First, I want to make note a few flaws in the iPad version of Small World in terms of gameplay. The game crashes sometimes after a race is selected. You can tell when this happens as the player’s name and score disappear from the map screen and though you can mess around with the active buttons on the screen– the game will not continue. This is exacerbated by the fact that the game does not save it’s state on exit, so if you exit the application for any reason, you have to start over. This is a bit odd as just about every application on the iPod touch had the save state feature, even the real time ones like Field Runners.
Second, the iPad version is only two player. This may put some people off who are used to the wonderful backstabbing and mystery score of the 4 and 5 player games, but after playing quite a two player games, I’m slowly becoming convinced that it may be the better way to play. With two, the game plays extremely fast and you can predict fairly well what powers your opponent will choose, when they will decline and where they will enter the board. This is very tough in a 3-5 player game as so much is going on you basically hang on for the ride and hope for players not to notice how well you are doing (Merchant Wizards seem great for this).
The final issue I had with the game is that when selecting my stack to drag to a space to attack, it didn’t pick up that I was trying to select it as well as I would have expected– you have to have your finger/appendage directly on the stack to move it. This may seem a ridiculous complaint, but when someone hands it to you in a morning scrum and you have to take your turn before anyone notices, you want to go fast fast fast.
That said, let’s get into what’s awesome about the iPad version of Small World: It plays fast, fast fast! No digging through stacks of counters, or searching for the 3 and 5 gold coins in your game box, nor counting your gold in secret means that 2-player games can be over in done in 10 minutes at which time you can be on to another game or doing something else, like finishing your morning scrum. What’s more, the multi-touch means you can check out your gold total while the other player is taking his or her turns.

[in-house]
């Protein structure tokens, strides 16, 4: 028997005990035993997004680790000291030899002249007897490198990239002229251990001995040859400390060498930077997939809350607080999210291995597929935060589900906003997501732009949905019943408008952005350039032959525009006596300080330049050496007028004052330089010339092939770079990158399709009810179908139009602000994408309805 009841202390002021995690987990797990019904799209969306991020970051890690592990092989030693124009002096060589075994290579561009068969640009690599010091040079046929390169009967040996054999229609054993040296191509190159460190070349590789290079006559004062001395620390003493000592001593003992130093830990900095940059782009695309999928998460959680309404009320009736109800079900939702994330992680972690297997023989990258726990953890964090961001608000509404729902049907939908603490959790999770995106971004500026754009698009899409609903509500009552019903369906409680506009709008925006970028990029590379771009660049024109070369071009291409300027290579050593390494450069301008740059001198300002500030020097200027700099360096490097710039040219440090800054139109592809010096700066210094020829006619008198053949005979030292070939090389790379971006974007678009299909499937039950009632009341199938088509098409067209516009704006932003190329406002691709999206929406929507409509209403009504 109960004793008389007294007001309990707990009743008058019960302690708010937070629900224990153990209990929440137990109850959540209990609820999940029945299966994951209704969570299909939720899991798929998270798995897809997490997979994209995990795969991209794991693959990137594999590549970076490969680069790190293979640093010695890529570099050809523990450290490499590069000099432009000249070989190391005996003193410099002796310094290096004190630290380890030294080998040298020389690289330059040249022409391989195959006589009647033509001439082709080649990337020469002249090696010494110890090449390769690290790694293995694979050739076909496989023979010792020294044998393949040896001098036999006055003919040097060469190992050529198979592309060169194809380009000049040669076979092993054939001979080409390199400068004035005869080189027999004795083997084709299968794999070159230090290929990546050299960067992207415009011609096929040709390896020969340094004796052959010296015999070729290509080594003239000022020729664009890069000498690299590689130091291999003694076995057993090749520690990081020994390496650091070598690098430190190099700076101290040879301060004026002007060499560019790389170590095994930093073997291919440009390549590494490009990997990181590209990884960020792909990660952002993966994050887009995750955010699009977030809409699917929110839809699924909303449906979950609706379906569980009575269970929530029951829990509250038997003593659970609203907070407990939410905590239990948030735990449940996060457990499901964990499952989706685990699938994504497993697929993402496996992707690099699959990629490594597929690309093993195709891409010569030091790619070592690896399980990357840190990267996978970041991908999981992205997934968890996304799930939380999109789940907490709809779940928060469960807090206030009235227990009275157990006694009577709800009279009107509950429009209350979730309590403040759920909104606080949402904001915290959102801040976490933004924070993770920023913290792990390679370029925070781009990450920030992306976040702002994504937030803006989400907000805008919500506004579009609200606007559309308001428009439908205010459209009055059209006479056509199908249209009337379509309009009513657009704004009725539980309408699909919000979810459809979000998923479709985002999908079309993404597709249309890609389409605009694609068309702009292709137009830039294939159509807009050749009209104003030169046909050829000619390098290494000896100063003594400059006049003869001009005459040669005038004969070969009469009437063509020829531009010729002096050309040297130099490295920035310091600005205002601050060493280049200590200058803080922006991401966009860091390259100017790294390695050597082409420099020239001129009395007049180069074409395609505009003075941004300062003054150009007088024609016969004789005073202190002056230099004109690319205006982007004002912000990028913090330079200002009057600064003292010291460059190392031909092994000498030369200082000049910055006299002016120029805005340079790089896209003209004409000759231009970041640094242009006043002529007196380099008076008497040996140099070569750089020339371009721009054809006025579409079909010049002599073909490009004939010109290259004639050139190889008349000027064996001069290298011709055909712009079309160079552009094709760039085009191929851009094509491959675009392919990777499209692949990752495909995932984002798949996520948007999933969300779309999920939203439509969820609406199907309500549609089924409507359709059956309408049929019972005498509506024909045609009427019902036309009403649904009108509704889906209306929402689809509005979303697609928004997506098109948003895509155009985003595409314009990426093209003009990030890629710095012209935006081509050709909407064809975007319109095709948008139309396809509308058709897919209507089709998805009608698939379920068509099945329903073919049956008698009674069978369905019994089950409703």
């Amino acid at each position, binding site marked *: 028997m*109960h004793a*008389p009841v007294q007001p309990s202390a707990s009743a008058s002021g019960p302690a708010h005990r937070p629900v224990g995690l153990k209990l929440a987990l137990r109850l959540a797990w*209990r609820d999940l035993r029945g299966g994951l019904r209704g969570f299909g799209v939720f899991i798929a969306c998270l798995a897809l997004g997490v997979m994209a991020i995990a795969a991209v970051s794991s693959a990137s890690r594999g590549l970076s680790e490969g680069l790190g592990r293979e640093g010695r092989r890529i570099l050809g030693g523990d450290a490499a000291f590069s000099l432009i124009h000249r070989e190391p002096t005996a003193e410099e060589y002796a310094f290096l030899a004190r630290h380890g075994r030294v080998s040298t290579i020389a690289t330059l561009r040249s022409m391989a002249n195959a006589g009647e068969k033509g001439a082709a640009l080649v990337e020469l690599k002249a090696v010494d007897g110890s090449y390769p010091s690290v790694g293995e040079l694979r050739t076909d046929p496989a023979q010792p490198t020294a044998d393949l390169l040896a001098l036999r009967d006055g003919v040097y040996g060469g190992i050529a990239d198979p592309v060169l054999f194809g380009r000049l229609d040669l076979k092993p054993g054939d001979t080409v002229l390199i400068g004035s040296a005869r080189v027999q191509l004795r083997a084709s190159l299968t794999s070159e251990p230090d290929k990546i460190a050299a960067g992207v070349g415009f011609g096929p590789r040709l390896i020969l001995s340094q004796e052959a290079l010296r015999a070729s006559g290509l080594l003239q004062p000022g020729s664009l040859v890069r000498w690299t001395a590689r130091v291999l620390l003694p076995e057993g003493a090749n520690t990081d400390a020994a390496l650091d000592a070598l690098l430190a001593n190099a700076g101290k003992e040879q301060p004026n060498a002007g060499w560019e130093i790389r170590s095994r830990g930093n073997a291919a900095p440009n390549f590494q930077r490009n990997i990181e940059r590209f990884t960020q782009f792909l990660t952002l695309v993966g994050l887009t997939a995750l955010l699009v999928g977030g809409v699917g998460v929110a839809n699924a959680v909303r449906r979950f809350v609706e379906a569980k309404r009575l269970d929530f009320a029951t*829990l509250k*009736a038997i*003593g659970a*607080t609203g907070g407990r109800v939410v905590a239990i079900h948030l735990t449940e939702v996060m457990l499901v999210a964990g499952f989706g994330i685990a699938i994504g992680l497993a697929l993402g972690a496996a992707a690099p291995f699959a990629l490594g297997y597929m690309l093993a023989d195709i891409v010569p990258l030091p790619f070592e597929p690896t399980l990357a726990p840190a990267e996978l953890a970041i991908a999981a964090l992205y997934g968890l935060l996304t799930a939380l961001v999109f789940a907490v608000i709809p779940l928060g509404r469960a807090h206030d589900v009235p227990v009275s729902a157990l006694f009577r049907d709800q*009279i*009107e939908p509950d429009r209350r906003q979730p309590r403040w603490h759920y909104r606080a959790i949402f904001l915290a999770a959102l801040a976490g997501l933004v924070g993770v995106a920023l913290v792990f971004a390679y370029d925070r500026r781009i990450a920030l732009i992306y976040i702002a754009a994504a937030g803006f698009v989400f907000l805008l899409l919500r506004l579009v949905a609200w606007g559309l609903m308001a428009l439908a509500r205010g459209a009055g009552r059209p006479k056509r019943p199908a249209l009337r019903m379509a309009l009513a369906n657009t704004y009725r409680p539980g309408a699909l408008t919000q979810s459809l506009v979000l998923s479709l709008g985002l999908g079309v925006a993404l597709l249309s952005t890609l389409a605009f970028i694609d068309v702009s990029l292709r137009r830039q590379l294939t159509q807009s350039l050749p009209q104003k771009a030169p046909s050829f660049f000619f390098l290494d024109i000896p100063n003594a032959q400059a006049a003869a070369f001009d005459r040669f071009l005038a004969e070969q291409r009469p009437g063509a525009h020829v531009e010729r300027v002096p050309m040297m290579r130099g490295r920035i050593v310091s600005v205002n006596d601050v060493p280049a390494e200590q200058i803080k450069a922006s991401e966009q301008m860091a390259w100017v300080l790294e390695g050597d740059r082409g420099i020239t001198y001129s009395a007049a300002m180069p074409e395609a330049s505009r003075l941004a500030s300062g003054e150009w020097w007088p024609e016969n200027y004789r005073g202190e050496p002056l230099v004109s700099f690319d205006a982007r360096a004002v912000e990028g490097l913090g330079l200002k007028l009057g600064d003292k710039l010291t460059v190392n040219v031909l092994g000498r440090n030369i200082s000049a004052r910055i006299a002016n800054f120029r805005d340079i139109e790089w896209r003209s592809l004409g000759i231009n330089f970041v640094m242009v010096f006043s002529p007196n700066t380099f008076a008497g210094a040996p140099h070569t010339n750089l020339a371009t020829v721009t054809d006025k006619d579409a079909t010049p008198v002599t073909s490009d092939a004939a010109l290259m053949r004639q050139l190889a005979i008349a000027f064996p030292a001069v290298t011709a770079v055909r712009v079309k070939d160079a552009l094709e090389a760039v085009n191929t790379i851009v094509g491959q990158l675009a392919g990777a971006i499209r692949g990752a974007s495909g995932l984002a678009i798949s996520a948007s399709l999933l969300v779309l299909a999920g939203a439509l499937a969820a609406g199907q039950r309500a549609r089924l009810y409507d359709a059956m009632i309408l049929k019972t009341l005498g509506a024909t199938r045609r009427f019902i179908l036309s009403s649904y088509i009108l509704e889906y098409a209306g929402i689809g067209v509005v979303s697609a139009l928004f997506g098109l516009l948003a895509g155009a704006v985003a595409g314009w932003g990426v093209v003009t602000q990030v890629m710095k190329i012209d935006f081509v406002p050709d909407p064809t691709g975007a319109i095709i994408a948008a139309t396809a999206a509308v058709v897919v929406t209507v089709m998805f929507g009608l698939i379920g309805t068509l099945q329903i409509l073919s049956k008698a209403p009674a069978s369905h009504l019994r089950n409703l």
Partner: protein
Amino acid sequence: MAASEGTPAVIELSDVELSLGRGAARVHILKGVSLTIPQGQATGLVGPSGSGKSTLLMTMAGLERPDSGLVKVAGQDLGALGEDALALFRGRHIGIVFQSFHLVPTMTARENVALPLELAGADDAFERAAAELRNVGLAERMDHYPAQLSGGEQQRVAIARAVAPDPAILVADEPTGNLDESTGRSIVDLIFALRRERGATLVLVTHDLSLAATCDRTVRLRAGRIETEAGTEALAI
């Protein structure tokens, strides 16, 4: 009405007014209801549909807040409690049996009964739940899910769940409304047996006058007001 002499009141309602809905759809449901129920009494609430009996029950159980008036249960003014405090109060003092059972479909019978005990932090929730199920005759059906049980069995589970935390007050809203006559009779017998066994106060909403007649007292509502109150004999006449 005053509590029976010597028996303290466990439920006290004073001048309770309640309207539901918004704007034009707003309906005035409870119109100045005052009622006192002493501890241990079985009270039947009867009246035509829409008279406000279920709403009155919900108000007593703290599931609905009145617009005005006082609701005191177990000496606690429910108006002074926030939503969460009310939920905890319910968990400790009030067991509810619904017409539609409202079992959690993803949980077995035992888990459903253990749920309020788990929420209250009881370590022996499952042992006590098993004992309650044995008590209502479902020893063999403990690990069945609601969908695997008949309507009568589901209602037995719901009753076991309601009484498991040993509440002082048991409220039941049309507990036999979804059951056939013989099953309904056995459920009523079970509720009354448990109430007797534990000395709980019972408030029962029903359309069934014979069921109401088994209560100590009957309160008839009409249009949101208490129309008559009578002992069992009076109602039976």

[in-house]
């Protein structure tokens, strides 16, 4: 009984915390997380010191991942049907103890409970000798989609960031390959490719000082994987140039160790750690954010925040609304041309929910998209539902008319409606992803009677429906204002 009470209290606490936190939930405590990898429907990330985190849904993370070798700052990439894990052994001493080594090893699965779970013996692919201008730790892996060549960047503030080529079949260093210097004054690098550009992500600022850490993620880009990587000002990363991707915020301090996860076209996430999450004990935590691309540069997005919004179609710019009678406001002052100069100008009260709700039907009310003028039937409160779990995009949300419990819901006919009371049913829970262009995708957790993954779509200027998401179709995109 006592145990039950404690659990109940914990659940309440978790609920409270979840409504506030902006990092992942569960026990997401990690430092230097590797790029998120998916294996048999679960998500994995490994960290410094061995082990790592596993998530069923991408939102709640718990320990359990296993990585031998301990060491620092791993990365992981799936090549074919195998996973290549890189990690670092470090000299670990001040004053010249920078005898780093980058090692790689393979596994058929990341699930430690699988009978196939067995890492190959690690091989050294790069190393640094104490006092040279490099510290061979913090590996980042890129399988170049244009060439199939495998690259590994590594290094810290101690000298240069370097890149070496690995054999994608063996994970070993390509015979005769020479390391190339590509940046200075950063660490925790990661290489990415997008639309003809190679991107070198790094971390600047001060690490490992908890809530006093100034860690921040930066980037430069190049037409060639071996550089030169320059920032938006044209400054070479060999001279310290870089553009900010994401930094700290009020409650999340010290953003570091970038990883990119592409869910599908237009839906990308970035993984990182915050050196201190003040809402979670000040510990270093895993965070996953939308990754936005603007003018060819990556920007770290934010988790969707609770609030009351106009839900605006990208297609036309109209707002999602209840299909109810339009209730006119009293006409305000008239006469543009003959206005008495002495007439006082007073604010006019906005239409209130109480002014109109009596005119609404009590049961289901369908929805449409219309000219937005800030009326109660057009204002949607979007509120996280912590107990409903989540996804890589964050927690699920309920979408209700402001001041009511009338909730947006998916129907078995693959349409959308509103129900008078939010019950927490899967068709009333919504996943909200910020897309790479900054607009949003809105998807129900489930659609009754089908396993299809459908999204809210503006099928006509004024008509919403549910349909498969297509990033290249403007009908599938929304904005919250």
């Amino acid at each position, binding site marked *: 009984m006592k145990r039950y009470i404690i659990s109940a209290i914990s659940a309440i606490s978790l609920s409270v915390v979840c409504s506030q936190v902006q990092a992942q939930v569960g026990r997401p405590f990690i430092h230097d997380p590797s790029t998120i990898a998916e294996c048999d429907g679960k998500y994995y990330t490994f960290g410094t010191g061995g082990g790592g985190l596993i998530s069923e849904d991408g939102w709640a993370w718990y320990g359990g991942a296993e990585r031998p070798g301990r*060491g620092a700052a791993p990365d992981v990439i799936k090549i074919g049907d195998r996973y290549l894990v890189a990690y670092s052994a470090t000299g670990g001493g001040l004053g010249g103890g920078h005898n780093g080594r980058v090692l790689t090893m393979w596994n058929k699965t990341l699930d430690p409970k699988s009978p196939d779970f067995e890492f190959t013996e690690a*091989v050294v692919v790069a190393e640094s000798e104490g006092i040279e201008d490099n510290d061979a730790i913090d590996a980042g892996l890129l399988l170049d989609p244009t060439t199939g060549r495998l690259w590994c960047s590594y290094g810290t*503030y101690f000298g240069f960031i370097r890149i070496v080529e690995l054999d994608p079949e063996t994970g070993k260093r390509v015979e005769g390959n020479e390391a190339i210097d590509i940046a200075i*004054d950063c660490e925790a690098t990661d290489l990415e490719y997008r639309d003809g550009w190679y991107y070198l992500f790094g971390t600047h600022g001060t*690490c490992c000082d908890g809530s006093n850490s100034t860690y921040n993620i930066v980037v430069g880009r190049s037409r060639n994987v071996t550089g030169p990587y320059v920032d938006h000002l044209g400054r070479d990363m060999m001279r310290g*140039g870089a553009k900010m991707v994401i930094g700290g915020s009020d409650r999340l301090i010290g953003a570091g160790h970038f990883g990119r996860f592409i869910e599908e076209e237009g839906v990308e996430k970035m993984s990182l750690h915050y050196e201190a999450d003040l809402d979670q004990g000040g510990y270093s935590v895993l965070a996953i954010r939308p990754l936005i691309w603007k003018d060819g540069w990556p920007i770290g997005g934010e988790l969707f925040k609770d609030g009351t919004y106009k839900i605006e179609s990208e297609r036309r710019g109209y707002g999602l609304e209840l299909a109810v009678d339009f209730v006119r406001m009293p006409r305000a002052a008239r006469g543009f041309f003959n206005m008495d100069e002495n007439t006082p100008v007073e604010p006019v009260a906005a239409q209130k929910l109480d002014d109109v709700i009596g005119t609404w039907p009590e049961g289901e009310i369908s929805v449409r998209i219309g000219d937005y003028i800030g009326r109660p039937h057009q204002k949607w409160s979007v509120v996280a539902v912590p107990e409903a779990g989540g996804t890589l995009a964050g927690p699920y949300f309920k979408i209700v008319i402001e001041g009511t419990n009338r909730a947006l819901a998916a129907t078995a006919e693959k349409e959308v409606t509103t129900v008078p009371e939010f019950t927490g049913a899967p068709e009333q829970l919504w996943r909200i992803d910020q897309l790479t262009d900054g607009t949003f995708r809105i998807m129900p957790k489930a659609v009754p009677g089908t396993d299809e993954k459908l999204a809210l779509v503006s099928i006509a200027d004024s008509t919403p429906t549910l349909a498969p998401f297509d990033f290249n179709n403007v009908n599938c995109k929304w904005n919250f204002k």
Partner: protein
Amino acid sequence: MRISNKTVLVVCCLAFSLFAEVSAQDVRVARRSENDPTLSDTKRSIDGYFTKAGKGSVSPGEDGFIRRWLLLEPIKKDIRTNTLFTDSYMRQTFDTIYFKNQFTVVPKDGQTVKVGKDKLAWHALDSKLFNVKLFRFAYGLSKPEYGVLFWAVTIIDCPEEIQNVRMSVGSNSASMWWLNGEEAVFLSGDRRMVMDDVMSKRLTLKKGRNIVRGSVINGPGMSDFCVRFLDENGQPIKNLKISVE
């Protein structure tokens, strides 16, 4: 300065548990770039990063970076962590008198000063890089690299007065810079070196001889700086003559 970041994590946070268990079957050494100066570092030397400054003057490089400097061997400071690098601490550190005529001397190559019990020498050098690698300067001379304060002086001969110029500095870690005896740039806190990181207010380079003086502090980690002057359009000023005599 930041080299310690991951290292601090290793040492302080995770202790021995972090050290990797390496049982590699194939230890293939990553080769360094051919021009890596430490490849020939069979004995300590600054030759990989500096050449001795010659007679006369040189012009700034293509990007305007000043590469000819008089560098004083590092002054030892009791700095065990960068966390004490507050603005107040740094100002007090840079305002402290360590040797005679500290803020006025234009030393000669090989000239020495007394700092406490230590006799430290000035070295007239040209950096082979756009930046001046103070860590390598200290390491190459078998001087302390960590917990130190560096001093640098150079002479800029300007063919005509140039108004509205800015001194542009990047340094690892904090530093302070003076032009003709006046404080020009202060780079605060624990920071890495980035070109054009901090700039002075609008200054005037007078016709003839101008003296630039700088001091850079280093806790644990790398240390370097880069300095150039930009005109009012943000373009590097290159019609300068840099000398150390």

The graphics look extremely crisp, and it’s very easy to pick out what is what, especially if you are used to the insanity of color that the boardgame tends to become during a game. Small World, good gameplay aside, is all about the funny illustrations and the iPad does them all justice here–though the screen does get awful greasy…
Except where noted far above, the UI and interface is spot on. If you are a veteran Small World player you will know exactly what to do as soon as you start playing, it’s that intuitive. The only confusion came when one was selecting a race and want to go back to the map, then back to the race selection screen. There is no button or link– you just touch the screen (this was a d’oh moment).
If you have an iPad and have any reason to try to have fun on it, you should pick up Small World. It’s dirt cheap and if you even play it 2-3 times you will have well spent the cash; chances are you will play 10 to 20 times that number in a single week. I’m very impressed with the hardware and am very much looking forward to many more board games on the device. Books? Movies? Tax Software? BLEH. Board games are what the iPad was built for.